Are you having a hard time getting up in the morning no matter how much sleep you get? Have you experienced unexplained weight gain? Are you feeling depressed for no apparent reason? Are you feeling like you have lost control in some way, but you don’t know why? Before you accept these symptoms as your new state of being, you may want to read about my experience with thyroid disease.
Feeling Like I Was Dying
After 35 years of being a high energy, non-stop over-achiever, it seemed like my whole world was crashing down on me. Although it probably happened more gradually than I recognized, it seemed like overnight I had no energy. As a matter of fact, I could barely drag myself out of bed in the morning and I was falling asleep at the wheel on my morning commute. And as if that wasn’t bad enough, I wasn’t very happy with what I was seeing in the mirror. The pounds just seemed to be accumulating – no matter what I ate.
I’m still not sure if the lack of energy and weight gain was making me depressed or if it was just another classic symptom of thyroid disease. Either way, I felt like a shell of my former self and no one seemed to understand.
“You work too hard.” “Maybe you should go on a diet.” These were the typical responses I would get if I tried to tell someone how I was feeling. They didn’t understand I had already tried to get more sleep and watch what I was eating – it wasn’t working. Nothing was working and I was sinking into a bigger and bigger hole.
Finally, Someone Actually Listened to Me
After two years of living with these disheartening symptoms, my OB GYN relocated and I had to find another doctor. I wasn’t happy to lose a good doctor and dreaded finding a new one. This was the only doctor I had seen on a regular basis and even that was only once a year.
But, it turned out to be a blessing in disguise. I sat in my new gynecologist’s office for 30 minutes just filling out paperwork. There had to be a million questions attached to that clipboard and every symptom in the whole world was listed on one of the forms. I dutifully checked off everything I experienced – all the while thinking I was probably wasting my time because doctors never read that stuff anyway. Thank God I was wrong.
The first question she asked was, “So, how are you feeling today?” I hesitated for a moment. I thought, should I give her the polite, “I’m fine” – or did I dare tell her I wanted nothing more than to lay down on the examination table and sleep another 10 hours? I looked up at her and she was looking right in my eyes – she actually seemed to be waiting for an honest answer – so, I gave it to her. I said, “I feel horrible.”
“Tell me about it” she said. Then she picked up my clipboard, read through every item I checked off and talked to me about each and every one of them. After 20 minutes, she told me she believed I was suffering from a hypoactive thyroid – basically, my thyroid was not working. Further, she immediately picked up the phone and called an endocrinologist (thyroid specialist) and made an appointment for me to see him within the hour.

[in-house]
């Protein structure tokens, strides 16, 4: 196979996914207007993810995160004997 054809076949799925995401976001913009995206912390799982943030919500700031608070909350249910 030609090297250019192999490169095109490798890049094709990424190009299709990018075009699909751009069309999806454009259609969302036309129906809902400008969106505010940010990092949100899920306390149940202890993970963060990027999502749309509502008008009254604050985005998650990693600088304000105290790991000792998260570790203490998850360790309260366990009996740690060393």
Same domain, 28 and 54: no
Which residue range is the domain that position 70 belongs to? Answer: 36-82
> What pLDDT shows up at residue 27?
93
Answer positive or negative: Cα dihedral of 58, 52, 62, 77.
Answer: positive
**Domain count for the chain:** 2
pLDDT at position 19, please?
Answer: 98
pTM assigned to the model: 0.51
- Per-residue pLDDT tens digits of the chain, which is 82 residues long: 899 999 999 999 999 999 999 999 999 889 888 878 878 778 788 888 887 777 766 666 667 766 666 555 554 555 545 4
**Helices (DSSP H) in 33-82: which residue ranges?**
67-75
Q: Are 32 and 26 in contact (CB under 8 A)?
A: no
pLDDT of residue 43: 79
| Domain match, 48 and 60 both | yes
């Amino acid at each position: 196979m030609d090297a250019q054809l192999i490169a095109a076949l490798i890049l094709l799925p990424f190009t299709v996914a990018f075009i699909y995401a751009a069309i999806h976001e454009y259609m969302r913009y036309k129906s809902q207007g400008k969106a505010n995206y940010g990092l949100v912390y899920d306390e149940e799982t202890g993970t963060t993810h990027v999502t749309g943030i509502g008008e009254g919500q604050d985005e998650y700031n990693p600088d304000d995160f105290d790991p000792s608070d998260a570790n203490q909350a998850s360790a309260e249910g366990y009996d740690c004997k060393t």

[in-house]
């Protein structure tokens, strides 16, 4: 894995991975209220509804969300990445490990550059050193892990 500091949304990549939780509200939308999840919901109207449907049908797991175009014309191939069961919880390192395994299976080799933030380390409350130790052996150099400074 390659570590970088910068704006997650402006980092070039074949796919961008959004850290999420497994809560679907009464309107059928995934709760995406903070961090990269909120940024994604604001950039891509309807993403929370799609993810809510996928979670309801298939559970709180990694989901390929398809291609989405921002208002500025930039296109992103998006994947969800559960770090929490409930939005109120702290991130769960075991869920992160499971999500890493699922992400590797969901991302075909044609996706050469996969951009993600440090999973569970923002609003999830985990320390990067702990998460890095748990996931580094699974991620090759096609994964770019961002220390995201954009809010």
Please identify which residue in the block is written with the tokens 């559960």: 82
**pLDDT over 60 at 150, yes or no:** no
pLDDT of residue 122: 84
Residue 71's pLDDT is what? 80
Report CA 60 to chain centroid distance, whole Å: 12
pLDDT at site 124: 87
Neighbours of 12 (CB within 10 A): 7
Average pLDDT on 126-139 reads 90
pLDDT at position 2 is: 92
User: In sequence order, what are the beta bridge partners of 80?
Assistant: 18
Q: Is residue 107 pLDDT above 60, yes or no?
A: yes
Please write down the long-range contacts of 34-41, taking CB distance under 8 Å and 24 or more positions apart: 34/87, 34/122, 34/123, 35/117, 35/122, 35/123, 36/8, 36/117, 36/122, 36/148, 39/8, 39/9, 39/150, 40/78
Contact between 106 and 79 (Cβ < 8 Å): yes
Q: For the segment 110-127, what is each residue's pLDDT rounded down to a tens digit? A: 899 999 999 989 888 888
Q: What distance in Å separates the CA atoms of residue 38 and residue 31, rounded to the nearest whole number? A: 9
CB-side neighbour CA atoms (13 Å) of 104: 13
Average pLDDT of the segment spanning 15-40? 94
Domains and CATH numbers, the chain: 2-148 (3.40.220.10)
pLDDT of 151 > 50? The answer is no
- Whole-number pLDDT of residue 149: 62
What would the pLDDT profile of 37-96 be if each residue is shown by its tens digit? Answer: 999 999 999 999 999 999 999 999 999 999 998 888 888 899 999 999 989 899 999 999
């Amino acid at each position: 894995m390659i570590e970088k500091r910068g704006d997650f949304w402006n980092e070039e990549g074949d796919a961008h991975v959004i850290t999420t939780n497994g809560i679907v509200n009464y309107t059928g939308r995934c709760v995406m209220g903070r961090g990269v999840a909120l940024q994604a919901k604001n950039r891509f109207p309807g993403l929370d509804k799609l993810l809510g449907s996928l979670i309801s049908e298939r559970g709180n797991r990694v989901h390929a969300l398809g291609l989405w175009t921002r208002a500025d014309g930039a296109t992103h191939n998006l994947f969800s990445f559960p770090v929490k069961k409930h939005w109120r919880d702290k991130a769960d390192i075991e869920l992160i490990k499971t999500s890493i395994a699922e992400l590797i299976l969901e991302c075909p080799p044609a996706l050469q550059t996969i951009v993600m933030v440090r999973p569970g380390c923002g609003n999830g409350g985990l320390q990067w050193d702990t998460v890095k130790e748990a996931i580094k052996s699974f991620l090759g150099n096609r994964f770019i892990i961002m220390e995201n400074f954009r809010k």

I cried – a lot. Someone had finally listened to me. Someone finally told me I wasn’t crazy and there was actually something medically wrong with me – serious enough to pull strings and get me an immediate appointment to be tested that afternoon. This woman was my angel.
Getting the Right Treatment and Keeping a Constant Vigil
After being diagnosed, it took a while to get the medications right. I had to be tested every three months until the doctor could find the right dosage for my particular case. It took patience; it took time – about nine months. But, they did get it right and I did feel better – 1000% better.
Now, I’m not going to tell you that all the pounds fell off instantly and I’m never tired anymore – because that’s not true. I still have to be tested twice a year and sometimes the medication has to be adjusted. But, I know what I’m dealing with and I can work with it.
Hypoactive thyroid patients tend to metabolize carbohydrates differently and I’ve got to watch my diet. But, I don’t feel like I’m dying anymore and my energy levels are so much better than before. I actually feel normal. And, I’m not sure it’s because now I know I really have a medical problem causing my symptoms – or if it’s the treatment – but, I’m not stuck in a deep depression anymore either.
Do I still get tired? Yes – if I stay up all night. Does my weight still fluctuate? Yes, but it’s usually when I’ve been eating too much “good stuff.” All in all – 15 years later and I’m doing pretty darn good.
So I urge you, if you’re feeling really tired, gaining weight without real cause and feeling really crummy about life right now – please ask your doctor to test you for thyroid disease. You might not be crazy and I might get to feel better just knowing my story might have helped at least one person to find the road to recovery.